How to combat the fear of AI
This post is part of a series focused on AI and how we can harness its capabilities and potential to further and optimize our creative practises.
In last week’s post, we discussed the various shared fears of artificial intelligence, like the replacement of human workforces with machines, and AI technology “taking over the world” once it surpasses human intelligence.
These are all valid fears, as the future of artificial technology and machine learning is still unclear. However, future fears can have a significant impact on present developments, overshadowing the current benefits you could be experiencing, especially in the workplace.
In this blog post, we want to discuss how to combat some of the most common artificial intelligence fears — lack of privacy, the threat of bias, and being replaced — and delve into how these fears can be faced and eased, especially in the marketing industry and workplace.
How to combat your artificial intelligence fears
Fear 1 — being replaced at work
The fear — that as AI technology advances and improves, the need for humans in the workplace will become unnecessary because AI systems will be able to do our jobs more effectively and efficiently.
The cure — don’t think of the situation as AI vs humans, but as a symbiotic relationship. Like with the rise of PCs in the workplace in the 80s-00s, that actually created more jobs for humans in order to keep the PCs running while the PCs augmented human work practises. It still is a win-win situation, and the further introduction of AI into workplaces has every chance of being the same.
Fear 2 — AI and bias
The fear — like humans, artificial intelligence has bias. However, artificial intelligence systems may not be able to recognize and correct their bias. This may lead to AI making poor decisions and negative outcomes that otherwise could have been avoided.
The cure — recognize and own the fear. Any bias found in an AI system is the fault of the programmers, and so simply ignoring any bias rather than correcting it is a human error, not a machine learning one. Regular evaluation of AI systems, or taking samples of your AI system’s actions and having them examined by professionals, will offer insight into any present bias, and therefore how to de-bias the system.
Bias in AI is a huge ethics concern, meaning it’s a potential issue for every industry, especially those like finance and healthcare.
Fear 3 — lack of privacy
The fear — the potential lack of privacy, or anonymity, regarding our data, and what will be done with it. An AI system’s parameters, once trained, shouldn’t include any leading representation of the data it was trained with. These data points could be individuals, meaning if the system was accessed unauthorized or hijacked, and the infiltrators were able to make deductions about the training data, their privacy and/or anonymity could be at risk.
There is also the case for what companies with access to personal private data will do with said data, like refusing certain services or “ranking” individuals socially.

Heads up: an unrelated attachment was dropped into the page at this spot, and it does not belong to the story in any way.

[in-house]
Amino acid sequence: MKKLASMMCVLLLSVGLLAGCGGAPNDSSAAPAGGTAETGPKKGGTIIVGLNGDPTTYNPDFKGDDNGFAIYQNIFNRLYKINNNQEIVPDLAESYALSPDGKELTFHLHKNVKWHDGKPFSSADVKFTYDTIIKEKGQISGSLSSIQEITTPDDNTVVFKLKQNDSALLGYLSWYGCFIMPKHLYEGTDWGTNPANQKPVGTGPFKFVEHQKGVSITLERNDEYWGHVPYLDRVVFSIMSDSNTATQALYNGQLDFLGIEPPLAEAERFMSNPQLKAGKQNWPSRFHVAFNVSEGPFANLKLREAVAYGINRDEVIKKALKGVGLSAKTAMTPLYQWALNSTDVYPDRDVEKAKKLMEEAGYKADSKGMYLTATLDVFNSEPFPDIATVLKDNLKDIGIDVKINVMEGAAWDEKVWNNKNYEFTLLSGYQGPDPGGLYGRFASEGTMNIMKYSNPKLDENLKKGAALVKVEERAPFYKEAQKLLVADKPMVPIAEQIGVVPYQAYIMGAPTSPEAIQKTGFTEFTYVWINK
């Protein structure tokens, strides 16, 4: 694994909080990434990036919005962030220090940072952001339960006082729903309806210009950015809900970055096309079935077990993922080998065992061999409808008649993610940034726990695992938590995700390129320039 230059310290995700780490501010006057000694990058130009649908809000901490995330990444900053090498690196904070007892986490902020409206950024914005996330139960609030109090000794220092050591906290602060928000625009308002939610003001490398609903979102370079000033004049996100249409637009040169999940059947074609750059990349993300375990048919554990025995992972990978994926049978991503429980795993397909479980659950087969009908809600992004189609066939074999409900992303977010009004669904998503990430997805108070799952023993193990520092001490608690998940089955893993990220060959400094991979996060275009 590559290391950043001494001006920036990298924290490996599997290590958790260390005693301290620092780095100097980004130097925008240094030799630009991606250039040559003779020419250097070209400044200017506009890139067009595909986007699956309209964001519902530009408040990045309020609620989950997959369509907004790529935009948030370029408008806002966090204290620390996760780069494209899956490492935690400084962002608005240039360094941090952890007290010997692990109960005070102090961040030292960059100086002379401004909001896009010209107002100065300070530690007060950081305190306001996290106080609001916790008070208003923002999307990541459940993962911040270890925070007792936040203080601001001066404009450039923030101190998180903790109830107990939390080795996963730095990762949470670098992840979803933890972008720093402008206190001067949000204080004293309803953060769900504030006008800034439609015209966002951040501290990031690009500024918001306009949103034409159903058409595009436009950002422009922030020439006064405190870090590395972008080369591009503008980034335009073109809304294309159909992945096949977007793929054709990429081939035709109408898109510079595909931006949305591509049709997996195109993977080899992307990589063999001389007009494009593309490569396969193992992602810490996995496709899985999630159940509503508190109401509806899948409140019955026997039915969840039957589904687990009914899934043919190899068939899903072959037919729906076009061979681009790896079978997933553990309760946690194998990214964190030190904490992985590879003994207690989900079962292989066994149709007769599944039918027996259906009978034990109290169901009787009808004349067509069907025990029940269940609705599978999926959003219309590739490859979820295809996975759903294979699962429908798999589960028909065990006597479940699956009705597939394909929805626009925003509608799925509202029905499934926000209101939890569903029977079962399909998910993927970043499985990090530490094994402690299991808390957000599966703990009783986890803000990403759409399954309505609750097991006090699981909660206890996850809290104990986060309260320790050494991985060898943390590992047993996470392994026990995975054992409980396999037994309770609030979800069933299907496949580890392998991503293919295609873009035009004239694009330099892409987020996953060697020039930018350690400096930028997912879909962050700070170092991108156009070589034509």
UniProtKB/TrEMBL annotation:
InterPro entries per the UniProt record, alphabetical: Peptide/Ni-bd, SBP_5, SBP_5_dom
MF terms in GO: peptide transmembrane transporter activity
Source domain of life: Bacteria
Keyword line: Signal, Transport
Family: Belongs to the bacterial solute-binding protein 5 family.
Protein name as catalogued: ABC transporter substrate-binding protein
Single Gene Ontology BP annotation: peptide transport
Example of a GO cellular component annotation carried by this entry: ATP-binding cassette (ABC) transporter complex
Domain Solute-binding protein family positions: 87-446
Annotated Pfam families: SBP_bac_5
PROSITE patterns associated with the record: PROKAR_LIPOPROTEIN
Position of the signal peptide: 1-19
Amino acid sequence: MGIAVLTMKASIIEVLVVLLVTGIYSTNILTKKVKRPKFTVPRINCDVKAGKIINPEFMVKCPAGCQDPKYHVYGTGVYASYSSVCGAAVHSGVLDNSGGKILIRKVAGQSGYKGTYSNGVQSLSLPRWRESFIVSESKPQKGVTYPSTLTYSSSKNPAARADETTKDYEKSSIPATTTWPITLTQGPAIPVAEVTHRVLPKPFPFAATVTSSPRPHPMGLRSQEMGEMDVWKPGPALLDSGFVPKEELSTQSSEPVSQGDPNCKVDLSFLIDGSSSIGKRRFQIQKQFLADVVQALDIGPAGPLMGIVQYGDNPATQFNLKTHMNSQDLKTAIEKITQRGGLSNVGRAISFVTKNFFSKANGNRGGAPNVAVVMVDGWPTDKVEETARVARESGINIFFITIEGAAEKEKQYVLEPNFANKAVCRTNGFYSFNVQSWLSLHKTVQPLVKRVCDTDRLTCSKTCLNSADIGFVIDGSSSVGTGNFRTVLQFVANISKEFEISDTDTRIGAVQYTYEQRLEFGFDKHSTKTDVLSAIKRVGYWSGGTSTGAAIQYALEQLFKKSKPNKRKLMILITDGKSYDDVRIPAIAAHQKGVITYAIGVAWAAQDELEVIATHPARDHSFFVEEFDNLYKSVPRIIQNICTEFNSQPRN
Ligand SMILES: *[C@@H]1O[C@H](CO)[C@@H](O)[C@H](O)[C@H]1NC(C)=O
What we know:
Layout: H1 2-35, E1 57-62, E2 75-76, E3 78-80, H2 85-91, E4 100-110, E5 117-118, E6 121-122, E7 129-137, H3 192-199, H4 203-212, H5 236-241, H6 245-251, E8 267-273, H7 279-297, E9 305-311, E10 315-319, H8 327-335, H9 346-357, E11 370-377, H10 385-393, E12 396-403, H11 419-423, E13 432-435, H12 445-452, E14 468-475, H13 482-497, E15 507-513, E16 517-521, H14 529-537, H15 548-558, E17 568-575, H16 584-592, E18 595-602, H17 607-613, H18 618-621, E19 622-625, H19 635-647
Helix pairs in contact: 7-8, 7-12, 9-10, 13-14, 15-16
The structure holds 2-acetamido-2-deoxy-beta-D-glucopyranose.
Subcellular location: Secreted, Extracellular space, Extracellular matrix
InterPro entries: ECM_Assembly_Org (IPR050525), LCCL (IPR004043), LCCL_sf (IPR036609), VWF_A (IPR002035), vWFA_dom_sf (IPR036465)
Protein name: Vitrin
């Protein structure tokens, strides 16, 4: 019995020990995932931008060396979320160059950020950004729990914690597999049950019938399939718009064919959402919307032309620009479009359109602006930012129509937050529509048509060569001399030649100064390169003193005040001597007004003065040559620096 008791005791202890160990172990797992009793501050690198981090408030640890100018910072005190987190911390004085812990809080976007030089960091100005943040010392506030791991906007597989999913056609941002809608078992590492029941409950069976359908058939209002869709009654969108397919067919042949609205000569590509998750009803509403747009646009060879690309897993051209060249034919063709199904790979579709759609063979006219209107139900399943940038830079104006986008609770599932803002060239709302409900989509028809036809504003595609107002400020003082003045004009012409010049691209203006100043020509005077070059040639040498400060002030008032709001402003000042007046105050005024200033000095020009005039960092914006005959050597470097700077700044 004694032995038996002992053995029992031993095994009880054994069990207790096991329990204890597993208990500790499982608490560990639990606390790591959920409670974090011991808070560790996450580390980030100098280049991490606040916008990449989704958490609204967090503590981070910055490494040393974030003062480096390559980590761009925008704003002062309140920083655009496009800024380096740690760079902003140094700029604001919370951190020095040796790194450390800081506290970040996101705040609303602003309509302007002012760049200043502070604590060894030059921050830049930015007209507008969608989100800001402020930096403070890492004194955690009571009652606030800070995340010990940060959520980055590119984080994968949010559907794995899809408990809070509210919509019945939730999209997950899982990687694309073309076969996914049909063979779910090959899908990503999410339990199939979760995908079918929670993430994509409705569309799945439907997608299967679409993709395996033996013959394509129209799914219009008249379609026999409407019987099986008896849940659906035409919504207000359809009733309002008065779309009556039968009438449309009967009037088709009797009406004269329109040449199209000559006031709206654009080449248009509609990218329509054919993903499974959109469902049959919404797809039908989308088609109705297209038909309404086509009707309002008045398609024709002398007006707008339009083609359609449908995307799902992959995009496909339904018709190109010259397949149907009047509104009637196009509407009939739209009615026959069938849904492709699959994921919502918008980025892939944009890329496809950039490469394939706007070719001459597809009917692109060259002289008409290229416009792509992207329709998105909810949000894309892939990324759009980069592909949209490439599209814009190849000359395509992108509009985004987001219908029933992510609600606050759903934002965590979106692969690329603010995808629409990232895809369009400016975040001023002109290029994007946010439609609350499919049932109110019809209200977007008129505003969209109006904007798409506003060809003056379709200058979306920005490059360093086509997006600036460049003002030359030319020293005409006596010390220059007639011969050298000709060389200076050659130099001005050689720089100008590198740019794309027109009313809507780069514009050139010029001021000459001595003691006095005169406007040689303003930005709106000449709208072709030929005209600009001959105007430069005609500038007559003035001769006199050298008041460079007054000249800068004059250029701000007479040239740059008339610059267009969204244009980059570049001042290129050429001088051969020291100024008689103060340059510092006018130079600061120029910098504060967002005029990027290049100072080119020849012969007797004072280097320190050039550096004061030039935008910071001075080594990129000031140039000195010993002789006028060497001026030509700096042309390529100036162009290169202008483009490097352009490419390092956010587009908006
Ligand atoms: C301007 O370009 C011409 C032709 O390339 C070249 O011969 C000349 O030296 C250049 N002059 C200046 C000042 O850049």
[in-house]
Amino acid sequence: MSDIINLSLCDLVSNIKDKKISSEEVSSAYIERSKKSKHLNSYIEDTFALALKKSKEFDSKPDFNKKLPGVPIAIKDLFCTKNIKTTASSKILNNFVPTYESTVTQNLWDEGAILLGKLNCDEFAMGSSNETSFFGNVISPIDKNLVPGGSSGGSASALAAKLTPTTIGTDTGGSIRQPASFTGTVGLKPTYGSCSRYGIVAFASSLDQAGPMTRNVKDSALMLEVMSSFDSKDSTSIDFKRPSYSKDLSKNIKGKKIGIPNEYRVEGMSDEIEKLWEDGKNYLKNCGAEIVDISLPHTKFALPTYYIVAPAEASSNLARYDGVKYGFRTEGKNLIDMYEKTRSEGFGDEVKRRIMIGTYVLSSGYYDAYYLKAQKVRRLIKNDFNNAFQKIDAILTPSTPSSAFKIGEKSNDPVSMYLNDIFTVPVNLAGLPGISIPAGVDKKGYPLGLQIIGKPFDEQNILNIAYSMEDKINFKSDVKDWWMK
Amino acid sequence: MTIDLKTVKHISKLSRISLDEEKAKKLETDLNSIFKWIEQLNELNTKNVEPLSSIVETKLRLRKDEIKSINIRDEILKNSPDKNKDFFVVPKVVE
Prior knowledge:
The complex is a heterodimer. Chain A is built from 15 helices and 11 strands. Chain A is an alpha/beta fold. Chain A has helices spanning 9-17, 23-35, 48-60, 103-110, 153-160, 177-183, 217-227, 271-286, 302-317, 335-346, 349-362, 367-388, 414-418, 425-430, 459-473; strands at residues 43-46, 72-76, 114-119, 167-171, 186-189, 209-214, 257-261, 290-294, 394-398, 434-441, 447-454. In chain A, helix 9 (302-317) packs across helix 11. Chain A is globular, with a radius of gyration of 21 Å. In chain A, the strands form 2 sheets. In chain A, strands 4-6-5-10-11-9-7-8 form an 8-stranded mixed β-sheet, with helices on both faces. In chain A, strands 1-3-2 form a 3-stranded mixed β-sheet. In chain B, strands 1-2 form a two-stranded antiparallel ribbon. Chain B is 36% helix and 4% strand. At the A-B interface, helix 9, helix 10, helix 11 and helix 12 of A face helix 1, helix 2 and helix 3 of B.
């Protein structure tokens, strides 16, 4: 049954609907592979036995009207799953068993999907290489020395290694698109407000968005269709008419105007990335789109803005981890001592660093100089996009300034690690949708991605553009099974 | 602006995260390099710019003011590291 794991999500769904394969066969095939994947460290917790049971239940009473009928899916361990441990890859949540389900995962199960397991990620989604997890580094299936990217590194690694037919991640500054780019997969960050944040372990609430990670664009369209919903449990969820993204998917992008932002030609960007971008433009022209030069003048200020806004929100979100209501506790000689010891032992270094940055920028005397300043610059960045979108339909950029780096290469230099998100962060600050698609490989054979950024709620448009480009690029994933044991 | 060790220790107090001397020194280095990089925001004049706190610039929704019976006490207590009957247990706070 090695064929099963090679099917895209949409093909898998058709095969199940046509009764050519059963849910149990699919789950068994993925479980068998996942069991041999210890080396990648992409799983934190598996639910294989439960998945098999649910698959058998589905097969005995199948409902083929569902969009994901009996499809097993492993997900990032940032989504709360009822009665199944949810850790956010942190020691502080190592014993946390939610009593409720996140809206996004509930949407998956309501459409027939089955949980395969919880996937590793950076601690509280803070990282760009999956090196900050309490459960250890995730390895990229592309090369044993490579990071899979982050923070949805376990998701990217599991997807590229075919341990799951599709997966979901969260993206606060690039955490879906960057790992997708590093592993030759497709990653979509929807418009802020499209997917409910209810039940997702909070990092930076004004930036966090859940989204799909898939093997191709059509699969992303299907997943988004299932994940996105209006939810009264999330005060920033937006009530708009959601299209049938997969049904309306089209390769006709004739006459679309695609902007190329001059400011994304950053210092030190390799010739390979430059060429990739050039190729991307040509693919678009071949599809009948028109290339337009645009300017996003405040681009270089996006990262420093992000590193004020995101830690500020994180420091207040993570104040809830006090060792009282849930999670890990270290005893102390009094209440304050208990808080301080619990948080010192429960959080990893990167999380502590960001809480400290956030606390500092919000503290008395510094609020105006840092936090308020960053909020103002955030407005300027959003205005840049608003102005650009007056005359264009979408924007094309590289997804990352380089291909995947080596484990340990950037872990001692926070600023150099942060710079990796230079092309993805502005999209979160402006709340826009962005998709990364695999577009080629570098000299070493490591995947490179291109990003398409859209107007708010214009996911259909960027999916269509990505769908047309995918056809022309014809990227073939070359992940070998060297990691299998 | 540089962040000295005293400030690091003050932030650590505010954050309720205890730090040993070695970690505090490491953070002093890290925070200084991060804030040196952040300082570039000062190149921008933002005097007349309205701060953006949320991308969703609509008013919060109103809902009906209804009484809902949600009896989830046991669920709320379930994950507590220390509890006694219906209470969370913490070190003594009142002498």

The cure — AI security should be a priority for anyone who uses machine learning capabilities, meaning a proactive approach is required. Remember that, with the right security software in place and on-going research into new, less susceptible machine learning techniques, these threats can be reduced.
Artificial intelligence and the marketing industry
Where do we use AI in marketing?
The introduction of AI systems into the marketing process is just a step towards what we at Loops call the “modern creative process”.
Introducing AI software to marketing research (like we do) and strategy offers companies and agencies the opportunity to understand their target consumers and their habits better than before. As an AI system analyzes consumer habits, it can feed back to the teams what its learnt, giving teams a better insight into how they can improve the consumer’s journey, or their overall strategy, for example. Companies could also use the insight to adapt their AI software and gear it more towards what the consumers are responding to in order to boost sales or traction.
Loops and AI
Loops uses a form of natural language processing (NLP) called natural language understanding (NLU) in order to make sense of the masses of qualitative data we collect on your projects.
NLU allows AI software to interpret text or speech, and in some cases, allow the AI to communicate back. Think of the automatic chatbots that pop up in the corner of an online shopping page. You’re not actually talking to someone called Sarah from customer support — you’re really talking to a NLU system.
At Loops, we use NLU to optimize the feedback and design processes, swiftly turning wordy comments into easy-to-digest, supportive statistics, and allowing you to make informed design changes in a timely manner. What would’ve taken potentially weeks before, Loops can do in a day.
Including Loops in your creative strategy is to take a step towards employing the “modern creative process”, something companies need to embrace if they intend to keep up with the times.